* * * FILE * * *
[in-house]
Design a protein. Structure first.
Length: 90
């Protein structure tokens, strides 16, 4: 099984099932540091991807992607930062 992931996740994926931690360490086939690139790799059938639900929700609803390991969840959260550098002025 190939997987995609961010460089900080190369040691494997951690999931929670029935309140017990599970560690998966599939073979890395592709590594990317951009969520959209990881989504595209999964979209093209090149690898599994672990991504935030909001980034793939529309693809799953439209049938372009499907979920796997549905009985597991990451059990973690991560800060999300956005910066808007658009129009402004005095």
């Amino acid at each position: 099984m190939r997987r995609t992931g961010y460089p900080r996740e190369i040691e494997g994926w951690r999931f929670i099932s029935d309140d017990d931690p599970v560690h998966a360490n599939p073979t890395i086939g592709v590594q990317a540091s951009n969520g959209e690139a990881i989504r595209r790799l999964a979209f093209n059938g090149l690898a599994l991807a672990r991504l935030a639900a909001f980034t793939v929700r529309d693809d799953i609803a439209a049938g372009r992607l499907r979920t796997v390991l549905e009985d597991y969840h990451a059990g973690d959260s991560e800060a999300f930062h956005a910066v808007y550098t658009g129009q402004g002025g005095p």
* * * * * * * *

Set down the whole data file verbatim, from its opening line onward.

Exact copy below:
[in-house]
Design a protein. Structure first.
Length: 90
């Protein structure tokens, strides 16, 4: 099984099932540091991807992607930062 992931996740994926931690360490086939690139790799059938639900929700609803390991969840959260550098002025 190939997987995609961010460089900080190369040691494997951690999931929670029935309140017990599970560690998966599939073979890395592709590594990317951009969520959209990881989504595209999964979209093209090149690898599994672990991504935030909001980034793939529309693809799953439209049938372009499907979920796997549905009985597991990451059990973690991560800060999300956005910066808007658009129009402004005095």
């Amino acid at each position: 099984m190939r997987r995609t992931g961010y460089p900080r996740e190369i040691e494997g994926w951690r999931f929670i099932s029935d309140d017990d931690p599970v560690h998966a360490n599939p073979t890395i086939g592709v590594q990317a540091s951009n969520g959209e690139a990881i989504r595209r790799l999964a979209f093209n059938g090149l690898a599994l991807a672990r991504l935030a639900a909001f980034t793939v929700r529309d693809d799953i609803a439209a049938g372009r992607l499907r979920t796997v390991l549905e009985d597991y969840h990451a059990g973690d959260s991560e800060a999300f930062h956005a910066v808007y550098t658009g129009q402004g002025g005095p």